20: Tom Mack. In my youth “Right Guard” was always a deodorant and “Left Guard” was always Tom Mack. He was our anchor baby, a Michigan man so bright George Allen played him as NFL infant–and Allen generally hated any player under 35. Mack never missed a game in 184 starts, made 11 Pro Bowls, the Hall of Fame and STILL hasn’t moved on a bogus penalty that cost the Rams the 1974 NFC championship game in Minnesota.
18: Eddie Meador. It was one thing for Nolan Cromwell to wear No. 21 because he lived up to the name and the position. Rankman just about flipped, though, when the Rams of St. Louis issued Lawrence Phillips uniform No. 21. It was almost like giving No. 4 on the Yankees to Jack the Ripper. There is only one “21” to some of us: Eddie Meador. He had the best crew-cut this side of Johnny Unitas and held down the defensive back end in the 1960s while putting up Hall of Fame numbers: 46 interceptions, 18 fumble recoveries, 10 blocked kicks. Maybe some day the Hall will recognize these numbers.
18: Willie “Flipper” Anderson. Rankman wasn’t alive in 1951 when Rams’ quarterback Norm Van Brocklin threw for an NFL-record 554 yards against the New York Football Giants. Given today’s rules prohibiting defensive backs from doing just about everything, it’s incredible Van Brocklin’s record still stands. Same goes for the single-game receiving record of 336 yards. Rankman WAS there for that one, Nov. 26, 1989, in New Orleans. You could win a bar bet with the trivia question: Who holds the NFL record for receiving yards in one game? Yep, it was Anderson. They called him “Flipper.” Rankman was so excited to be part of history he over-wrote the game story with prose that would have worked well in 1947 with a cigar in his mouth. “Three and half hours of blood-letting and hair pulling…” Really? Flipper had a much, much better night. Side note: quarterback Jim Everett threw for 454 yards that night and “only” fell 100 passing yards short of the franchise record.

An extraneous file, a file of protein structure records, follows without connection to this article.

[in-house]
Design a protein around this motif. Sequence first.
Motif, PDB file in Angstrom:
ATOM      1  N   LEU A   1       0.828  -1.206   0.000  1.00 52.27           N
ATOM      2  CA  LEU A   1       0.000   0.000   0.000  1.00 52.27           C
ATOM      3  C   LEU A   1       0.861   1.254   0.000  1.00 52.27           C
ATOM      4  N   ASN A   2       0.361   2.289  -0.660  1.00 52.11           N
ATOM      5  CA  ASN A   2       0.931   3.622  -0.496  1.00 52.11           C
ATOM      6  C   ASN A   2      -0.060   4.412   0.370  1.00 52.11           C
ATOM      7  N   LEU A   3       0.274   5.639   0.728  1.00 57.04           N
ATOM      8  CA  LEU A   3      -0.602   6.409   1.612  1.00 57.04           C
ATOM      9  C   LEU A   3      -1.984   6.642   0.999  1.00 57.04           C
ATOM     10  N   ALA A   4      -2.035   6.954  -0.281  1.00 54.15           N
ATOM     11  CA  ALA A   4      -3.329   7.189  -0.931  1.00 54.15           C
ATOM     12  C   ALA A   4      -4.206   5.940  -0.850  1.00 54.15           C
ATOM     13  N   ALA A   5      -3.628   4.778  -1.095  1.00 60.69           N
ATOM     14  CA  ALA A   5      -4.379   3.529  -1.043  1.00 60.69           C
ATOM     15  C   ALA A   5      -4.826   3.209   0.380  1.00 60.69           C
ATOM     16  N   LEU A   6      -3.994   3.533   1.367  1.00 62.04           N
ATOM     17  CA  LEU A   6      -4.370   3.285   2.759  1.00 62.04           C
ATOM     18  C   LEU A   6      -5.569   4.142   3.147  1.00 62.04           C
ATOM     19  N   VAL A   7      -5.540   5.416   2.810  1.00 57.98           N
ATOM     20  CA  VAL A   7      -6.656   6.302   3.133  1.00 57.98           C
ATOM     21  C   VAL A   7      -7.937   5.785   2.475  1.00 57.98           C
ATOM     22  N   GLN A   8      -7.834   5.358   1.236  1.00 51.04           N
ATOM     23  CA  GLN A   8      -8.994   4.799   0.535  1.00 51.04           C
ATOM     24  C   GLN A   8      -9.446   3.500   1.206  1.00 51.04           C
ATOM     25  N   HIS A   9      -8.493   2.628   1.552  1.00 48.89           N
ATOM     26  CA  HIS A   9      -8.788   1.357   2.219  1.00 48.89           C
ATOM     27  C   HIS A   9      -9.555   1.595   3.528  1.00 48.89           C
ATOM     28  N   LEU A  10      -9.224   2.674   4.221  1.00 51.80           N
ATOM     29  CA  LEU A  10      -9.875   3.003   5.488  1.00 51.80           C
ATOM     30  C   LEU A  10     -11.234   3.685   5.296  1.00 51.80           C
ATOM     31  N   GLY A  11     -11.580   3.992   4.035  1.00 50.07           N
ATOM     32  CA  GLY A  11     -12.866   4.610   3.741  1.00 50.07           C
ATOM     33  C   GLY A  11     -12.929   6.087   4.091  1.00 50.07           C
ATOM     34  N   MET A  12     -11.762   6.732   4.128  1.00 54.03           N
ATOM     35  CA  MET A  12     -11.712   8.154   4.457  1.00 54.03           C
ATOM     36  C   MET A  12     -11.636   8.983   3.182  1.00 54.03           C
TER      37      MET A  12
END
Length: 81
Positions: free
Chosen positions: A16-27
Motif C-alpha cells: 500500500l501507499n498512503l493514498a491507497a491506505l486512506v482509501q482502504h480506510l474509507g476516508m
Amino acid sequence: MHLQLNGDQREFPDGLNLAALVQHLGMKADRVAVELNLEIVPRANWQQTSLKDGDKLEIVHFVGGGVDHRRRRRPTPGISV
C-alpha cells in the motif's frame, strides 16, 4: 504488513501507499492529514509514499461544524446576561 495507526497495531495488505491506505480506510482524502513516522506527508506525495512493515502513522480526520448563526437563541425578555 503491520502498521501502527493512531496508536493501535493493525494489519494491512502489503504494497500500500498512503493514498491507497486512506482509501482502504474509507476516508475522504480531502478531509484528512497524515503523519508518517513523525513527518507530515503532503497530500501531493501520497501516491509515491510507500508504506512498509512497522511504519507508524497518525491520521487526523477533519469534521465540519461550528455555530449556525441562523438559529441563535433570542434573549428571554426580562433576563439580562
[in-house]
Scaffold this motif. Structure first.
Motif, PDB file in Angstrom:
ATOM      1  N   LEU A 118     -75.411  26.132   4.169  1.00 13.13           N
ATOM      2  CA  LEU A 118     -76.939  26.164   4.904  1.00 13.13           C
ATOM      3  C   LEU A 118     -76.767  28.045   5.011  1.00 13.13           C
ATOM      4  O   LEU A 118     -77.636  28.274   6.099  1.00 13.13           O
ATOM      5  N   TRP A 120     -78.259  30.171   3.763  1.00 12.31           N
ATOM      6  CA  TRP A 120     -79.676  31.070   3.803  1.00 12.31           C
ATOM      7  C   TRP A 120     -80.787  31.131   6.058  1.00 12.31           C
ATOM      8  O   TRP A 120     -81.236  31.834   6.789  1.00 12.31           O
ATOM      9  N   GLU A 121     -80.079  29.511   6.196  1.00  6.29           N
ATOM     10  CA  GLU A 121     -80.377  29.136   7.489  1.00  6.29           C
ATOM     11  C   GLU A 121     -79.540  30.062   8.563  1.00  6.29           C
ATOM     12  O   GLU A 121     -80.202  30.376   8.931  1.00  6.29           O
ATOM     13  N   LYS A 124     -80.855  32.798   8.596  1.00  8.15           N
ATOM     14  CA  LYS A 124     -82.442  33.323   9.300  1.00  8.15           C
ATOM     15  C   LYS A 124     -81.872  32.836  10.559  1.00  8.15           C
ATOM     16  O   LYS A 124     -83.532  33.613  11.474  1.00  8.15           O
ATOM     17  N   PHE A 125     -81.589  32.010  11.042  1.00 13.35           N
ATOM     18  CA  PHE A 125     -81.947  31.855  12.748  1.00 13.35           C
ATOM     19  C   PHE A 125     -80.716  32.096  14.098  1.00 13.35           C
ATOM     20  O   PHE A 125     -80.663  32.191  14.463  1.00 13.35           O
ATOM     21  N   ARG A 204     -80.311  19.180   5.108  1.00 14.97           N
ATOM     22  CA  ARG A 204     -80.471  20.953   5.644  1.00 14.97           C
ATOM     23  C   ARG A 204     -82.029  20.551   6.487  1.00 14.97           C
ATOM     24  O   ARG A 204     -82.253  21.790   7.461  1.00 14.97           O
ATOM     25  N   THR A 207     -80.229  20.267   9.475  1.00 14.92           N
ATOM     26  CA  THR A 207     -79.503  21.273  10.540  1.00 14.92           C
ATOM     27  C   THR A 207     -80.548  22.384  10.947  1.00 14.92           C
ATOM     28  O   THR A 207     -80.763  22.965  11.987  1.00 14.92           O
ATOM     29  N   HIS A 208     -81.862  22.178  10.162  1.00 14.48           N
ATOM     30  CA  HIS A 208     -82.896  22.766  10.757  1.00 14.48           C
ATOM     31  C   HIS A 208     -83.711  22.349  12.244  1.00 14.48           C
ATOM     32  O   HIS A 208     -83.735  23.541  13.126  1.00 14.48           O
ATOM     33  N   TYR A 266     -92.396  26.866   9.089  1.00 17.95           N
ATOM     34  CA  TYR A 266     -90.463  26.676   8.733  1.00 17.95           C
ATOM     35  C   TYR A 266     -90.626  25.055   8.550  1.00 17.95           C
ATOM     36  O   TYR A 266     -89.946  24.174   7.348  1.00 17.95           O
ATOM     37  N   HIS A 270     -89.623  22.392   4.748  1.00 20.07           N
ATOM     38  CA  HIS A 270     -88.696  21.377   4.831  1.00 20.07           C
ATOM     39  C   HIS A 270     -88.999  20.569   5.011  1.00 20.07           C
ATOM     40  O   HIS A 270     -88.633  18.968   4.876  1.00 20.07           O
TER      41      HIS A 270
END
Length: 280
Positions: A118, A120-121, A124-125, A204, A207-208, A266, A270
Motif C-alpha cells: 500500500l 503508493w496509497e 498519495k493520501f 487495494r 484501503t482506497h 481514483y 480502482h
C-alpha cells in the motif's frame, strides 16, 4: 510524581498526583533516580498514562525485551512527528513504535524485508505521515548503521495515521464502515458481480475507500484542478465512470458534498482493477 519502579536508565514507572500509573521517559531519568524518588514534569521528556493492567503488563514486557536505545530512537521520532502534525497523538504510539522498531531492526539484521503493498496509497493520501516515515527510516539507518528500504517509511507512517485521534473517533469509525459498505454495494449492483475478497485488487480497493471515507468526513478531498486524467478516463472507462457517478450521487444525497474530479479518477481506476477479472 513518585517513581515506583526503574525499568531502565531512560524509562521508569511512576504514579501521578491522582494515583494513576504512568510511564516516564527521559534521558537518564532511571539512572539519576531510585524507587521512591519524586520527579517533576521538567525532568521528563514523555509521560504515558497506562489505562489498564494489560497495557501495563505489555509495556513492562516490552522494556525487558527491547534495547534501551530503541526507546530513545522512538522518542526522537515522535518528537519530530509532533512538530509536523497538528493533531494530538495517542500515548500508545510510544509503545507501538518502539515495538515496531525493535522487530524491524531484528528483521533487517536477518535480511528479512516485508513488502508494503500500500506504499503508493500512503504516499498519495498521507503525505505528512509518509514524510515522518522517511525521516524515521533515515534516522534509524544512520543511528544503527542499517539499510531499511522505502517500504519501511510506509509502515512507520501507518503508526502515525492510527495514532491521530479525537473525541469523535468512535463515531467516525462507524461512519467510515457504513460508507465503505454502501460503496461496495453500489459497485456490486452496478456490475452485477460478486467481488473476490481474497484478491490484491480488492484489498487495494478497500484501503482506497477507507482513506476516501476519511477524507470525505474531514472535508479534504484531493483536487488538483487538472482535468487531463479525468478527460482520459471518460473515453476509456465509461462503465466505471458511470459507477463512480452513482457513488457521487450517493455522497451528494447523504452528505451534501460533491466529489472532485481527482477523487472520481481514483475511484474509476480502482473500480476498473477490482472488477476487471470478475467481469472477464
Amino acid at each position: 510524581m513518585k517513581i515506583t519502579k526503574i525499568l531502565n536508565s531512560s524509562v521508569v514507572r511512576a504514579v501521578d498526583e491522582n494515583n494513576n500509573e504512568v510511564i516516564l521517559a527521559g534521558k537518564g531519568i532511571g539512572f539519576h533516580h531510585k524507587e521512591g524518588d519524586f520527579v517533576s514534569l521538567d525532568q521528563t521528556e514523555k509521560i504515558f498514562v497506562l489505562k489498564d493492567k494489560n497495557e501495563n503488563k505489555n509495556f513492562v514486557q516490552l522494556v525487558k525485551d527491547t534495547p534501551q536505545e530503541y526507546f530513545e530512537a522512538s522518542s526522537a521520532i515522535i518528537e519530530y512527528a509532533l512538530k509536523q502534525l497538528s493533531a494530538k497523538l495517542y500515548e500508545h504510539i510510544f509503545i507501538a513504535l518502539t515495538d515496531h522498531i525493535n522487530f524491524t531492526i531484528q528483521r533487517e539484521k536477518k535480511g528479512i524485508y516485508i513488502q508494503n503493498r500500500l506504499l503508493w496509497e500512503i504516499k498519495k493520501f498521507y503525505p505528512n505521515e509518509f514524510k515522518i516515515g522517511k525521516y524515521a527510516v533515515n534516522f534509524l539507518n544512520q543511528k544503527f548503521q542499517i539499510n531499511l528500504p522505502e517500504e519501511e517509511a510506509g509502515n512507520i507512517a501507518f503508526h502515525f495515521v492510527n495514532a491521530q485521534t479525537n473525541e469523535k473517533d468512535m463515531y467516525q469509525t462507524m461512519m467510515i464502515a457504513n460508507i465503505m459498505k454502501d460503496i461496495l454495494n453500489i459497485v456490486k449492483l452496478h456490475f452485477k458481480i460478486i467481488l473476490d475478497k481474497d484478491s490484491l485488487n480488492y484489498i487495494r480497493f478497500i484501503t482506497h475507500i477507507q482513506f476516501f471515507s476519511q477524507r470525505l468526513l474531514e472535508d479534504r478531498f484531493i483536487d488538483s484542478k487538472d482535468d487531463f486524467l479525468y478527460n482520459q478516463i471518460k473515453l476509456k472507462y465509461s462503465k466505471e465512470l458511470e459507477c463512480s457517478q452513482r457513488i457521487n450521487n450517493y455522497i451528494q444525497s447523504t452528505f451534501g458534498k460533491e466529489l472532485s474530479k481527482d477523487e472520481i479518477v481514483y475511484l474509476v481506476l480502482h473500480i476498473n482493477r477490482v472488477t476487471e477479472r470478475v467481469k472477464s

17: Jack “Hacksaw” Reynolds. Jack was everything you’d want in a Super Bowl champion linebacker. The shame is he won those Super Bowls with the San Francisco 49ers after a stellar 11-year career with the Rams that obviously left him wanting more. Didn’t we all want more? The nerve of a guy wanting to play with Joe Montana instead of Vince Ferragamo. Of course, as a kid, Jack had me at “Hacksaw,” the name he earned at Tennessee after he cut a car in half after a 38-0 loss to Mississippi. It reportedly took 13 saw blades to get the job done. Jack was never a dull boy.
16: Henry Ellard. He gets overshadowed in history because he was a low-key, Fresno kid who played in an organization that boasted Tom Fears, Elroy Hirsch and Jack Snow. Ellard, in his prime, was as good as anybody and one of the great route-runners in NFL history. He also suffered from sharing the same NFC West division with San Francisco stars Jerry Rice and John Taylor. Ellard finished his 11-year career with 13,777 receiving yards. Rankman covered Ellard’s best season, 1988, when he caught 86 passes for 1,414 yards and 10 touchdowns. Ellard was so graceful on his feet I once asked him if he was a dancer. This is as close to a direct quote as I can remember: Henry said “As a matter of fact, in the off-season I did take some valet lessons.” Thanks, Henry, here’s my ticket. I’m driving the 1983 Mazda Rx7…
Thursday Countdown: 15 to 11: